*447 It may well be that there was little or nothing in the report of the social service worker to which the parties would object. However, one of the troubles with cloaks of secrecy is that of this no one can be sure until he sees the report. The taint may be slight, but taint there is, and it requires setting aside the order of the court and directing that a new hearing be conducted.

Attorney fees.

Complaint is made that the trial court did not order the defendant to pay, or at least contribute to payment of the ex-wife's attorney fees. On the issue of whether an ex-husband is to pay for the lawyer for the ex-wife, this court has said that this ". . . is a matter within the discretion of the trial court."[23] Certainly, there is here no abuse of discretion in the refusal to order such contribution by the former husband to the former wife's counsel fees. This practice of compelling the husband to contribute to the wife's counsel fees developed in the era when few women were employed or otherwise able to retain counsel to represent them in family law cases. Unless the husband was ordered to pay at least part of their legal expenses, they were effectively denied the assistance of counsel. Even in such era and under such circumstances, the twin prerequisites for such court order for contribution were the need of the wife and the ability to pay of the husband. The trial court possessed and still possesses wide discretion in applying such tests.

Here the record appears to establish no showing of need on the part of the wife nor ability to pay on the part of the husband. So the foundation for exercise of the court's discretion has not been laid. Where the interlocutory period has expired and the status of husband and wife has legally and literally ended, it would appear that a strong showing indeed must be made to justify requiring *448 the former husband to pay two attorneys, his own and his ex-wife's.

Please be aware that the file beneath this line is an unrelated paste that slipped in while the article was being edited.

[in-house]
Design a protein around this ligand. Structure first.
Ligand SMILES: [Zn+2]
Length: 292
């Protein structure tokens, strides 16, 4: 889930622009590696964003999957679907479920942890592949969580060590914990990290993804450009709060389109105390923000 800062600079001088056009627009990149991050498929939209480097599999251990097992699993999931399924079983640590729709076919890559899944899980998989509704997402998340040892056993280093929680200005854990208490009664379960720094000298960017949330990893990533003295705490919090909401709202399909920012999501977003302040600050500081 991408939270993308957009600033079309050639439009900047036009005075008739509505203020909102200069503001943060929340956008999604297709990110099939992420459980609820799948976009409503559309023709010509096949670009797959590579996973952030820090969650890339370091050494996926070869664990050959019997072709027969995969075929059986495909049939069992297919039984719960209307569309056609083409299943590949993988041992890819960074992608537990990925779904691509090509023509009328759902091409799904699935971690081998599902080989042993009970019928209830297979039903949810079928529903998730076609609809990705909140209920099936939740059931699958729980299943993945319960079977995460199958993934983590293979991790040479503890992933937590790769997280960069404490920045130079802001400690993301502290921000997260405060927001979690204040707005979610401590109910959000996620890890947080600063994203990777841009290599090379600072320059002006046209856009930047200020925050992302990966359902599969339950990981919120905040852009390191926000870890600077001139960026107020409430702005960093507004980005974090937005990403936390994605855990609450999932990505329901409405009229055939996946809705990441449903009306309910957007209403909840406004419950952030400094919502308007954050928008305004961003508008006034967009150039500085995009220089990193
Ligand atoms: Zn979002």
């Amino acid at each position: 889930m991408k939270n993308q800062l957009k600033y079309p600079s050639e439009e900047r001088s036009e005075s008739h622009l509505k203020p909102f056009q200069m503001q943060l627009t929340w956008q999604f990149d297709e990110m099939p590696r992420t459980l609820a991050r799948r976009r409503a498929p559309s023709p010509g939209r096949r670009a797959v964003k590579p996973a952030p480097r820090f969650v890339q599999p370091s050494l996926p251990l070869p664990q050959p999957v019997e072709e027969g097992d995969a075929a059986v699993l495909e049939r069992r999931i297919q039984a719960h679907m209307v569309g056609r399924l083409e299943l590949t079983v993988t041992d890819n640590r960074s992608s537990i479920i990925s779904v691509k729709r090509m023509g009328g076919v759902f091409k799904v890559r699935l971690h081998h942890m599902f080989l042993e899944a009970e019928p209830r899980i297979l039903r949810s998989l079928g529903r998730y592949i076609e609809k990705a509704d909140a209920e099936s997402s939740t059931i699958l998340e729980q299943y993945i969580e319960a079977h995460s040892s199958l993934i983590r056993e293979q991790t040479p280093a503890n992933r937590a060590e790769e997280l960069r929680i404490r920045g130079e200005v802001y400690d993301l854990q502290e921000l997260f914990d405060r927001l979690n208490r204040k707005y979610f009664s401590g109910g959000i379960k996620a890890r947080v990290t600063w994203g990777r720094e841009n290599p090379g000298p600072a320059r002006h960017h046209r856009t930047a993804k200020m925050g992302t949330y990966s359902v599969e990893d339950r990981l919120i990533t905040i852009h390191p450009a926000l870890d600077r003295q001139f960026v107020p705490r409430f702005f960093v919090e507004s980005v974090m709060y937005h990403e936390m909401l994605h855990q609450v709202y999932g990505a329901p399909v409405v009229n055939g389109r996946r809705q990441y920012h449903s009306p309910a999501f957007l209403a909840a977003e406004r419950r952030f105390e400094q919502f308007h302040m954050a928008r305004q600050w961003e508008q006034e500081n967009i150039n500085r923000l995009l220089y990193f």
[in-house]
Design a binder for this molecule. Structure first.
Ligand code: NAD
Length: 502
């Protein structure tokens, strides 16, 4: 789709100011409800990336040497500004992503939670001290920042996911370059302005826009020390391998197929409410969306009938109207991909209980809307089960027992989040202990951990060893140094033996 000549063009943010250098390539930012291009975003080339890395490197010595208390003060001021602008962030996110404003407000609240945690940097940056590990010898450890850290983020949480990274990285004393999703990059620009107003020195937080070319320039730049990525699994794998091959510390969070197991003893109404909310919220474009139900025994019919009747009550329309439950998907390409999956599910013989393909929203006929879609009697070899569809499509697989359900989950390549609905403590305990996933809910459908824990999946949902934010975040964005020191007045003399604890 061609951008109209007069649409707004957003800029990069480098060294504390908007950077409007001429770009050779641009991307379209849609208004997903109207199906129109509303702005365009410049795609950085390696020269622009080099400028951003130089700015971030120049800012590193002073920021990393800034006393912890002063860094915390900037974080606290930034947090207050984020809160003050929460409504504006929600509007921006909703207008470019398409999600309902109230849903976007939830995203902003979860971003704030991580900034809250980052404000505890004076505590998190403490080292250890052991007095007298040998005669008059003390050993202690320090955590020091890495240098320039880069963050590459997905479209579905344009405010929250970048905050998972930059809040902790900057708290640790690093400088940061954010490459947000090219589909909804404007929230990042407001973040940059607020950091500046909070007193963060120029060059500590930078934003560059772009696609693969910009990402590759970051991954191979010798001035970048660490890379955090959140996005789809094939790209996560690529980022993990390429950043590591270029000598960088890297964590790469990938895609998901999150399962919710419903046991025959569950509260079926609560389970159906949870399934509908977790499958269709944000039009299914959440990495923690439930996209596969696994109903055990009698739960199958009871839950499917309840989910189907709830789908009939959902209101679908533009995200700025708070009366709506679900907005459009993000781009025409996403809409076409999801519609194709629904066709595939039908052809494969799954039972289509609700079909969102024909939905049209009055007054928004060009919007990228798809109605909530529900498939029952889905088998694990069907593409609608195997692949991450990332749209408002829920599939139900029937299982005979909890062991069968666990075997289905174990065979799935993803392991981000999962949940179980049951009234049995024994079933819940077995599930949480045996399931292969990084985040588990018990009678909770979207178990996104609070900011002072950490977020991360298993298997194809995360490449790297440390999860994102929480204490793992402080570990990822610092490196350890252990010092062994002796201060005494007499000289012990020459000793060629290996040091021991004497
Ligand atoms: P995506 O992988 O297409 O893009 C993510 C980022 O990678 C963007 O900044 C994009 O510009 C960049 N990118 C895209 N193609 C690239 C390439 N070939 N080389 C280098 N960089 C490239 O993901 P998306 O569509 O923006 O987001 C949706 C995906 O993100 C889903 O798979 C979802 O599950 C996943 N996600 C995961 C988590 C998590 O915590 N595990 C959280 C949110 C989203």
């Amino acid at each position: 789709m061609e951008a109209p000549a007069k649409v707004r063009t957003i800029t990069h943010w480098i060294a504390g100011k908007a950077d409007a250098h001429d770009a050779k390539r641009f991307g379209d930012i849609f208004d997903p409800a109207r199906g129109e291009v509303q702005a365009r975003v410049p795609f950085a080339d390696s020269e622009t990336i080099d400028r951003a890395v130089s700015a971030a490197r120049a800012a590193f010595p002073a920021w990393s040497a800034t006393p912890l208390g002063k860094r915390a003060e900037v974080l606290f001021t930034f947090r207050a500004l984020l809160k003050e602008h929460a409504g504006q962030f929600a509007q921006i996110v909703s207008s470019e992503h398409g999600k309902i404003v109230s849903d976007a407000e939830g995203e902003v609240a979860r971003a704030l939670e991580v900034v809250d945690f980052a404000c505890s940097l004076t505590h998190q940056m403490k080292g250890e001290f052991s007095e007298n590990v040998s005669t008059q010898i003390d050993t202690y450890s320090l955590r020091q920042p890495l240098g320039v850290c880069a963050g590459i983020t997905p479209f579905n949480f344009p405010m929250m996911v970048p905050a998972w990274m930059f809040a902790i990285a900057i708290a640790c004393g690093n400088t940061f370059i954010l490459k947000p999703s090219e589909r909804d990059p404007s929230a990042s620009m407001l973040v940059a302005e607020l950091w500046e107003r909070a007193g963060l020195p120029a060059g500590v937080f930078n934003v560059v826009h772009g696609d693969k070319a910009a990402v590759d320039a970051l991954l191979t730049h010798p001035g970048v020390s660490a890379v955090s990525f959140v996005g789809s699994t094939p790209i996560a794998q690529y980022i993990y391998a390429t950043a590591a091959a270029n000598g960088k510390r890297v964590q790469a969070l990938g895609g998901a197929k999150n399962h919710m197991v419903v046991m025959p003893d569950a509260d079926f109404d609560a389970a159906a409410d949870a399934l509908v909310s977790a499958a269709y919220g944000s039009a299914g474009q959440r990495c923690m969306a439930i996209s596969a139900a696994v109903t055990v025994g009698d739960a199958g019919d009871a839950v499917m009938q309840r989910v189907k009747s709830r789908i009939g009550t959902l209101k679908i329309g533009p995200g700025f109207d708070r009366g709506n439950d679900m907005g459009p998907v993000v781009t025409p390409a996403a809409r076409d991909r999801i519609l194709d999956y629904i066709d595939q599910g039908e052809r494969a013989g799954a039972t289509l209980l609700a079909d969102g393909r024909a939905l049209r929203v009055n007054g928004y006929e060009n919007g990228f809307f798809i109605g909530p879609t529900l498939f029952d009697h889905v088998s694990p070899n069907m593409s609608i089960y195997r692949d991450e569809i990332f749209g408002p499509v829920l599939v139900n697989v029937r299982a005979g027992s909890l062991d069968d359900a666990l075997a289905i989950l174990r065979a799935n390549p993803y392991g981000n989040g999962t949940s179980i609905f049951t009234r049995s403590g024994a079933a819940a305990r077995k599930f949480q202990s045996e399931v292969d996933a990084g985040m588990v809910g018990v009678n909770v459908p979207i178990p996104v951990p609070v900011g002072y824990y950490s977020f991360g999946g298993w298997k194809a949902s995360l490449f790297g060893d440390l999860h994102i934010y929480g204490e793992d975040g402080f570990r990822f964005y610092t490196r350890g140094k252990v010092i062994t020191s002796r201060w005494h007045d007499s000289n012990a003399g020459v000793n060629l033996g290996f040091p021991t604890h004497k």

By the Court.Order reversed with directions that a new hearing be held and that a guardian ad litem for the child, Scott, be appointed, the fees of said guardian ad litem to be paid by the parties to this action in such percentage and on such terms as the court may prescribe.

NOTES

[1] Larson v. Larson (1966), 30 Wis. 2d 291, 302, 140 N.W.2d 230.

[2] Id. at page 300.

[3] Ibid.

[4] In its memorandum decision the trial court stated: "The Court does not conclude from these acts and the circumstances surrounding them that plaintiff is a totally immoral person and thereby legally unfit to have custody of her child. The Court is convinced that the aforementioned acts are the result of her mental illness, her emotional instability, and her inability at the time to normally react and adjust to the impact of her divorce and the frustrations that followed. It should not, however, be implied that the Court treats this type of conduct lightly."

[5] Sommers v. Sommers (1966), 33 Wis. 2d 22, 146 N.W.2d 428.

[6] Id. at pages 27 and 28.

[7] Sec. 247.24, Stats.

[8] Larson v. Larson, supra, at page 299.

[9] Ibid.

[10] Wendland v. Wendland (1965), 29 Wis. 2d 145, 154, 138 N.W.2d 185.

[11] Kritzik v. Kritzik (1963), 21 Wis. 2d 442, 124 N.W.2d 581.

[12] Welker v. Welker (1964), 24 Wis. 2d 570, 578, 129 N.W.2d 134.

[13] Supra, footnote 10.

[14] Id. at page 156.

[15] Ante, p. 275, 163 N.W.2d 632.

[16] Id. at page 283.

[17] Kritzik v. Kritzik, supra, at page 449.

[18] Supra, footnote 10.

[19] Id. at page 155.

[20] Id. at page 158.

[21] Supra, footnote 1.

[22] Id. at page 302.

[23] Wendland v. Wendland, supra, footnote 10, at page 158.